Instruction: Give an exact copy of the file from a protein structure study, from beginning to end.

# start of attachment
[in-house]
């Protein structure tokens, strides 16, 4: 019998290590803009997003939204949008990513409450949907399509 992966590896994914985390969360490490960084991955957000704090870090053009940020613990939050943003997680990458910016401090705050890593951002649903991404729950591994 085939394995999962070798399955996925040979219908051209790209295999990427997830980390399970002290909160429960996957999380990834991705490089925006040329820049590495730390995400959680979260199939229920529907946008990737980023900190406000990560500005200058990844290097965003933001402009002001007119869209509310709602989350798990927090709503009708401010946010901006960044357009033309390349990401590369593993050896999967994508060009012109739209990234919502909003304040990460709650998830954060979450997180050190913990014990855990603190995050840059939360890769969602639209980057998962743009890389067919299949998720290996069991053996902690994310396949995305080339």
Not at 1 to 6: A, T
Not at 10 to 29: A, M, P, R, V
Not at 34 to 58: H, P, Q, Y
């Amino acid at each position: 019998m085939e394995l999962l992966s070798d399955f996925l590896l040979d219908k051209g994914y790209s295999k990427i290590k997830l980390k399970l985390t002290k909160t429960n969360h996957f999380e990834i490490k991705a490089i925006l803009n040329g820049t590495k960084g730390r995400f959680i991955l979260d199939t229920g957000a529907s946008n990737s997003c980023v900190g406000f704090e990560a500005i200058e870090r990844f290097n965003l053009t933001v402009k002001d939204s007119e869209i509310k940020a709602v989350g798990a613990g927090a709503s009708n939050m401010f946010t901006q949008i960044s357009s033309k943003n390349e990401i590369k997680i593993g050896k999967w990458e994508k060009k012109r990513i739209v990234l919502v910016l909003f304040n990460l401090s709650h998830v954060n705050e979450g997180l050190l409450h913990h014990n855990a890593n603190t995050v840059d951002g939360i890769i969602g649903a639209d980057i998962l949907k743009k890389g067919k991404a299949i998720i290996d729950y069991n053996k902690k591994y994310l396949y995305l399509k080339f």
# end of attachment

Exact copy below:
[in-house]
């Protein structure tokens, strides 16, 4: 019998290590803009997003939204949008990513409450949907399509 992966590896994914985390969360490490960084991955957000704090870090053009940020613990939050943003997680990458910016401090705050890593951002649903991404729950591994 085939394995999962070798399955996925040979219908051209790209295999990427997830980390399970002290909160429960996957999380990834991705490089925006040329820049590495730390995400959680979260199939229920529907946008990737980023900190406000990560500005200058990844290097965003933001402009002001007119869209509310709602989350798990927090709503009708401010946010901006960044357009033309390349990401590369593993050896999967994508060009012109739209990234919502909003304040990460709650998830954060979450997180050190913990014990855990603190995050840059939360890769969602639209980057998962743009890389067919299949998720290996069991053996902690994310396949995305080339």
Not at 1 to 6: A, T
Not at 10 to 29: A, M, P, R, V
Not at 34 to 58: H, P, Q, Y
């Amino acid at each position: 019998m085939e394995l999962l992966s070798d399955f996925l590896l040979d219908k051209g994914y790209s295999k990427i290590k997830l980390k399970l985390t002290k909160t429960n969360h996957f999380e990834i490490k991705a490089i925006l803009n040329g820049t590495k960084g730390r995400f959680i991955l979260d199939t229920g957000a529907s946008n990737s997003c980023v900190g406000f704090e990560a500005i200058e870090r990844f290097n965003l053009t933001v402009k002001d939204s007119e869209i509310k940020a709602v989350g798990a613990g927090a709503s009708n939050m401010f946010t901006q949008i960044s357009s033309k943003n390349e990401i590369k997680i593993g050896k999967w990458e994508k060009k012109r990513i739209v990234l919502v910016l909003f304040n990460l401090s709650h998830v954060n705050e979450g997180l050190l409450h913990h014990n855990a890593n603190t995050v840059d951002g939360i890769i969602g649903a639209d980057i998962l949907k743009k890389g067919k991404a299949i998720i290996d729950y069991n053996k902690k591994y994310l396949y995305l399509k080339f």